But personally-sourced funds come with a warning – don’t spend them all up front.

Gold says: “If you do have your own cash, make sure you have some aside for when you talk to the investors. Don’t use it all up before you see me.

“It doesn’t help to lose it in the system and you won’t own anymore of the business because you’ve put more into it upfront.

“But it’s also not a very strong statement to say that you’ve spent all the money already especially as I might not like what you’ve done with it.”

Timed to perfection

In any investment pitch good timekeeping is essential. “When you pitch to me, everything you say is being analysed,” Gold says. “You’ve only got five to ten minutes – so firstly do not run into overtime. There’s nothing more irritating, if you’ve got to see ten people in a row, than people that haven’t finished explaining things succinctly.

“Also, don’t spend three quarters of the pitch talking about the product and then suddenly realising you haven’t mentioned the finances. I would always divide it into thirds. Talk about the business model for a third, the product for a third and the management team and finances for a third. You’ve got to cram it all in so you can’t go into great detail of how your product works.”

Play the long game

Gold advises approaching investors with the full life of the business in mind, not merely the initial start-up steps – and this should be reflected in the amount of funding requested.

“I want to see a business plan that says ‘my proof of concept is over £60,000 but over the life of things I’m going to need £1m before I stop needing to raise money’.

“I’m concerned about the full life of the business, so don’t just say you need £50,000 to get it started. Think about what you’ll need before you no longer need further funding.”

Prepare your defence

IP protection certainly helps reassure potential investors – but Gold warns against the complacent belief that it is watertight. “Whether it’s a new product or an old one, it needs to have something about it that is going to allow it to penetrate the market. IP is about analysing and protecting what you’ve got but you’ve got but it’s also important to remember that IP protection is not a complete defence. People can still breach it and it’s only as good as the effort you’re prepared to put in to defend it in due course.”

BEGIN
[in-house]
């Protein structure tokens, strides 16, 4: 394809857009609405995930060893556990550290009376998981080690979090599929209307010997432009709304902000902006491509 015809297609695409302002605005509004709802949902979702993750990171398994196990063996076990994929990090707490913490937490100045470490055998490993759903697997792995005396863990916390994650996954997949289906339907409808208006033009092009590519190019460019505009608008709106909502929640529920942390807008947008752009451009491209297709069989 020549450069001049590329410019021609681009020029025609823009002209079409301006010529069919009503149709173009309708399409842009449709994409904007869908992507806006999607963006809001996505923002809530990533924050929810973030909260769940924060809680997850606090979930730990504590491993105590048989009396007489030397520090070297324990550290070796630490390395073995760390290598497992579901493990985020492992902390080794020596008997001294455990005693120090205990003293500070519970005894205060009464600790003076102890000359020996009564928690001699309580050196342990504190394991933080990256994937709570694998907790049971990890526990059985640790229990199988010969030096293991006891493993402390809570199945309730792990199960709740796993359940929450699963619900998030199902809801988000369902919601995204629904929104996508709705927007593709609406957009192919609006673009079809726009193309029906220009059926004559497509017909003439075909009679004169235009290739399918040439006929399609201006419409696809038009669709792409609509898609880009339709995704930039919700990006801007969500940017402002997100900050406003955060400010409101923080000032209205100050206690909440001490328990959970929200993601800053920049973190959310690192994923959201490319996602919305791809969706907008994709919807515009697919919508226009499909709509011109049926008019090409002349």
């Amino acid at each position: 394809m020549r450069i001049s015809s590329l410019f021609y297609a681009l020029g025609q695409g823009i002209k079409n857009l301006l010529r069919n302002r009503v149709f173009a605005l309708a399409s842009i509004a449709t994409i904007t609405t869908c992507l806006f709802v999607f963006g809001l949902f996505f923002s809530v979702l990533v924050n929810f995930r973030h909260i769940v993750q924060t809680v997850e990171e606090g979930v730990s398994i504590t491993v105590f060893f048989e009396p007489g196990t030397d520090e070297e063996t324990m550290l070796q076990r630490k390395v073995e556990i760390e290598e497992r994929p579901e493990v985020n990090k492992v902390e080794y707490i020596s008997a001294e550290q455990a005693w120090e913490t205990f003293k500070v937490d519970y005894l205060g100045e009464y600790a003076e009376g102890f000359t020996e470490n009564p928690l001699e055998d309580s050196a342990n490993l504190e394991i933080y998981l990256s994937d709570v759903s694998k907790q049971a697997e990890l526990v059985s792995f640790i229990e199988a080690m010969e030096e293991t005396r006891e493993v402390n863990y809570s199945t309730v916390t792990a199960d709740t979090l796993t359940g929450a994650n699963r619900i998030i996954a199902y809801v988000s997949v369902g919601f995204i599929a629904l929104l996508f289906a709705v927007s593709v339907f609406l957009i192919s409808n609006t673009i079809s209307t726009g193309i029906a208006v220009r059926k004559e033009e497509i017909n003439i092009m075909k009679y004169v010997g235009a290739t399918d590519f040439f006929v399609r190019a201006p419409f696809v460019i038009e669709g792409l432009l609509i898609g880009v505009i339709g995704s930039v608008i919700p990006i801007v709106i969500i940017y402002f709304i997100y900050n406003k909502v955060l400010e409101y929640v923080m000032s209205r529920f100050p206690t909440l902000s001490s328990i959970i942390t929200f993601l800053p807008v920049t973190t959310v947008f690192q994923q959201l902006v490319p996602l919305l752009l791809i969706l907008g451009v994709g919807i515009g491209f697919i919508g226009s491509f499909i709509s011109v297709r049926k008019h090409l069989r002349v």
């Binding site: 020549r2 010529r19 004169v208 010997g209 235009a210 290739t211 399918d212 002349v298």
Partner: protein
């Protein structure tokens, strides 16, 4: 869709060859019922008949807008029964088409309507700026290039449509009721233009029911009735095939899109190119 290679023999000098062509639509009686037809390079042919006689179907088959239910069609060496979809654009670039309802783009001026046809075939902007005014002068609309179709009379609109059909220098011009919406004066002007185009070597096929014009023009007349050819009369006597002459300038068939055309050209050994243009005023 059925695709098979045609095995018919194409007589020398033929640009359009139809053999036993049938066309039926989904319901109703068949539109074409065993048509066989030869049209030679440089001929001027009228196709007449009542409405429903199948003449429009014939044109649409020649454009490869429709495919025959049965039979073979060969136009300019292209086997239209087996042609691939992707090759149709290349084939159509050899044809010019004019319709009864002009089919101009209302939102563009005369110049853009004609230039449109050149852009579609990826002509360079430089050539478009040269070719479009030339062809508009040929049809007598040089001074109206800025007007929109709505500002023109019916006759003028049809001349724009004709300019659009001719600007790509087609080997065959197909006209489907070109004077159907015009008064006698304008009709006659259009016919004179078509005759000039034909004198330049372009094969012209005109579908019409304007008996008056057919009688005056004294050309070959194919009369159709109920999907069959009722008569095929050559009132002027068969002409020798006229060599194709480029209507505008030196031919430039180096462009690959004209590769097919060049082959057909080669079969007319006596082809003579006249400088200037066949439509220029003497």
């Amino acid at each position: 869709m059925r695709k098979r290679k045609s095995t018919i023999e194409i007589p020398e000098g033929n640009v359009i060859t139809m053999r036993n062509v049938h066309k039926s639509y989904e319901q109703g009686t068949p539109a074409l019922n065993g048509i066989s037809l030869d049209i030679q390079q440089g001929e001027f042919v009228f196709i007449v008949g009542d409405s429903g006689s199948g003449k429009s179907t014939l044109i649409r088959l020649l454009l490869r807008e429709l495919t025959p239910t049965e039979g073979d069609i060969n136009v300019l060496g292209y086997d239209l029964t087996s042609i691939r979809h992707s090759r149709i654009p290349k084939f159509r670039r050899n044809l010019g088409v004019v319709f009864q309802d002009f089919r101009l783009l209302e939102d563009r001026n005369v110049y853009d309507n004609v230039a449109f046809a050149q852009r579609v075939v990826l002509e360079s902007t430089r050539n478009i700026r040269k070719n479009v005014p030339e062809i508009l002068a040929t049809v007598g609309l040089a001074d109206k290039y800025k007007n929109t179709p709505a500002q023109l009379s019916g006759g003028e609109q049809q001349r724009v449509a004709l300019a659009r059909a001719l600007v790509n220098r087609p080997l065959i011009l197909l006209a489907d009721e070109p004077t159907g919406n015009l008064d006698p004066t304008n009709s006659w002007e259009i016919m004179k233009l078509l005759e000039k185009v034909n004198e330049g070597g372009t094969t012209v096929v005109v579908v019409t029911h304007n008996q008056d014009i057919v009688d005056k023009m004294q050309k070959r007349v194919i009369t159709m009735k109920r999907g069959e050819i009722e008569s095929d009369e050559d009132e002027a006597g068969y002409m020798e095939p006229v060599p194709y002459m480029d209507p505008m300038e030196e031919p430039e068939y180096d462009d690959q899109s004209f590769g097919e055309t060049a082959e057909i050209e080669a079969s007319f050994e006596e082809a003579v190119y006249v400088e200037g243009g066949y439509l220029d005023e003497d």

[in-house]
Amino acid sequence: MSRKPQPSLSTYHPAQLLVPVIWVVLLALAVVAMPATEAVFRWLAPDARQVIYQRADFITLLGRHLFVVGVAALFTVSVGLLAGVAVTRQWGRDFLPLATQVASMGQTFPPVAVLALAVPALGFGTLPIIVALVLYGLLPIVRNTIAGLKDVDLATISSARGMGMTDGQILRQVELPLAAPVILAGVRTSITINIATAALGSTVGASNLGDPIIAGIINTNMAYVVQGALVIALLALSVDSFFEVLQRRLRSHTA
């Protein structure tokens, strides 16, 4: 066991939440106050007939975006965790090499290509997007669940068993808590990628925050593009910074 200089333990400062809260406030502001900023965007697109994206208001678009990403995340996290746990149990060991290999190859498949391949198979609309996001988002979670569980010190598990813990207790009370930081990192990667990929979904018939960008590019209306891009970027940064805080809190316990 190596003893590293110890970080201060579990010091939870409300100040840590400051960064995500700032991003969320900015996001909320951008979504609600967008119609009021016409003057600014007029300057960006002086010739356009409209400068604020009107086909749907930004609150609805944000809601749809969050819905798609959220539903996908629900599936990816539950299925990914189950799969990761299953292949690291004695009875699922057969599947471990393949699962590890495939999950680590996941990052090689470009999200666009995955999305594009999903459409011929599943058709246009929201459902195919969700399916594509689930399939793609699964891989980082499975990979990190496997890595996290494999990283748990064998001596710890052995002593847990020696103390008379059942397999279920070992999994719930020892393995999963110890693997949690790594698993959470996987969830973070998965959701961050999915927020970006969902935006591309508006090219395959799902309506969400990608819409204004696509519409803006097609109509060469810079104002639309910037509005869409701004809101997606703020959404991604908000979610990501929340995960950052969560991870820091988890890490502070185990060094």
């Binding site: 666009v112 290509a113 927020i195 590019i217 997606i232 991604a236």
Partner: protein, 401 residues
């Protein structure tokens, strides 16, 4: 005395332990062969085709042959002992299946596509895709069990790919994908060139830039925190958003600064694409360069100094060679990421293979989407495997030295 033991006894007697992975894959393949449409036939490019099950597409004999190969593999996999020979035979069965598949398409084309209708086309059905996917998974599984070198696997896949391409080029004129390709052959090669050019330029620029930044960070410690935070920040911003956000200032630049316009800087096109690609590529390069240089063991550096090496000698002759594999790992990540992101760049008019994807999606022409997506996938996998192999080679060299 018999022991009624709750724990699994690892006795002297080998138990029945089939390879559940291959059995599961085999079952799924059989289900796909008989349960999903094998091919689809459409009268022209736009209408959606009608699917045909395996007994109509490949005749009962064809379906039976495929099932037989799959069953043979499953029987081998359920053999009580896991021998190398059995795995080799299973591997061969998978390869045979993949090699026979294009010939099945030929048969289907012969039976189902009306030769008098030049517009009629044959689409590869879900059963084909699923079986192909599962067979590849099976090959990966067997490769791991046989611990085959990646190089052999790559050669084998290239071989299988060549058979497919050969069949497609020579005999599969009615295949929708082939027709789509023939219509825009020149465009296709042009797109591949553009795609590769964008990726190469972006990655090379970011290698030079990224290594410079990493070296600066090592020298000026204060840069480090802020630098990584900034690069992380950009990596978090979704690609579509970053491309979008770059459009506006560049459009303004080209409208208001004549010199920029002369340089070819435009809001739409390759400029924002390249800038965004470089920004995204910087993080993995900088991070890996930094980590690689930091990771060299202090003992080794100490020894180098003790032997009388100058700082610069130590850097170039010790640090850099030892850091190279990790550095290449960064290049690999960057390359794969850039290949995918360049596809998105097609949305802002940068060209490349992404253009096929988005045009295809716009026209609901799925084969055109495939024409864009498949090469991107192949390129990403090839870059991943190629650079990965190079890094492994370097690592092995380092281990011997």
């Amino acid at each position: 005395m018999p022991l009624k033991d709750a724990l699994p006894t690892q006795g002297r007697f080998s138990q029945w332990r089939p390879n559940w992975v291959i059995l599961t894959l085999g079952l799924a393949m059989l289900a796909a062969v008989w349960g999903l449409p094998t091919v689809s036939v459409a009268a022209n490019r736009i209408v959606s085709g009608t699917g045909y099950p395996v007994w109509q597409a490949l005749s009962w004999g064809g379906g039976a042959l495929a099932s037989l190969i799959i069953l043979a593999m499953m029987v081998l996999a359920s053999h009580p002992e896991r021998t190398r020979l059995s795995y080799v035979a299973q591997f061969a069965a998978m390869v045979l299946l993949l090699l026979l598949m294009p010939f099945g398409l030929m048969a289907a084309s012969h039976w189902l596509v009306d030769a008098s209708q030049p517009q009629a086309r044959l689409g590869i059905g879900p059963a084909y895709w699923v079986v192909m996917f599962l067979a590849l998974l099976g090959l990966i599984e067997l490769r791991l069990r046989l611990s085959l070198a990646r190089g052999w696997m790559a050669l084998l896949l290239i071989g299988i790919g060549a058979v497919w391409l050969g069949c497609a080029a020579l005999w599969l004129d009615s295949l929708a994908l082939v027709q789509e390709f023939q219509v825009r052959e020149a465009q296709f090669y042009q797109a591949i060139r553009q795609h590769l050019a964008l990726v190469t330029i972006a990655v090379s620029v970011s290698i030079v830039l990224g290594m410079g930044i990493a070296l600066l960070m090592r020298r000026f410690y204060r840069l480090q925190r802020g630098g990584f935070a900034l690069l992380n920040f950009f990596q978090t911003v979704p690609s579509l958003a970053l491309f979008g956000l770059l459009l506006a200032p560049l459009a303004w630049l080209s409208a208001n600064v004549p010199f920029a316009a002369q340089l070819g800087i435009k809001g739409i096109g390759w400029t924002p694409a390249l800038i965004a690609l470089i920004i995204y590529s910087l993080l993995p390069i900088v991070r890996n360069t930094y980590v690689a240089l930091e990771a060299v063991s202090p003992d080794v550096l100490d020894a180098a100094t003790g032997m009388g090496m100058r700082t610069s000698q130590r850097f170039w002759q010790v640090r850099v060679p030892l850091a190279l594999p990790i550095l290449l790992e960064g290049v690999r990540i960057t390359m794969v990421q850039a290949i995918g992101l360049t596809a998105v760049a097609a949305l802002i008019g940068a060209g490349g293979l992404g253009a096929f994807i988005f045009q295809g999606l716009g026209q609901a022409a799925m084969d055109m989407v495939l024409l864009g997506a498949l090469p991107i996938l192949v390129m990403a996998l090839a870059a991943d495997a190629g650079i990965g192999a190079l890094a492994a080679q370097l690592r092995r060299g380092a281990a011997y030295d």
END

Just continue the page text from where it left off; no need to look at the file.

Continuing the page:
Some other insider tips...

Business plans still matter

“There’s a school of thought going round the Twitterverse that it’s becoming trendy to not have a business plan all of a sudden. But you have to communicate your idea to people. The business plan is a communication tool. We invest in businesses, not products.”

The finer details

A cautionary tale from Gold explains why an executive summary in a business plan is essential. “An investor I know has his PA open every business plan that arrives in the post. If there’s no executive summary it goes in the bin,” he says. “It could be the next Google but they just don’t have the time when they’re getting 100 business plans every week.”

Making an estimate

“Do have a go at estimating what my return might be. I’ll probably disagree with you but it shows a certain amount of self knowledge and that you’ve thought about what your business is worth."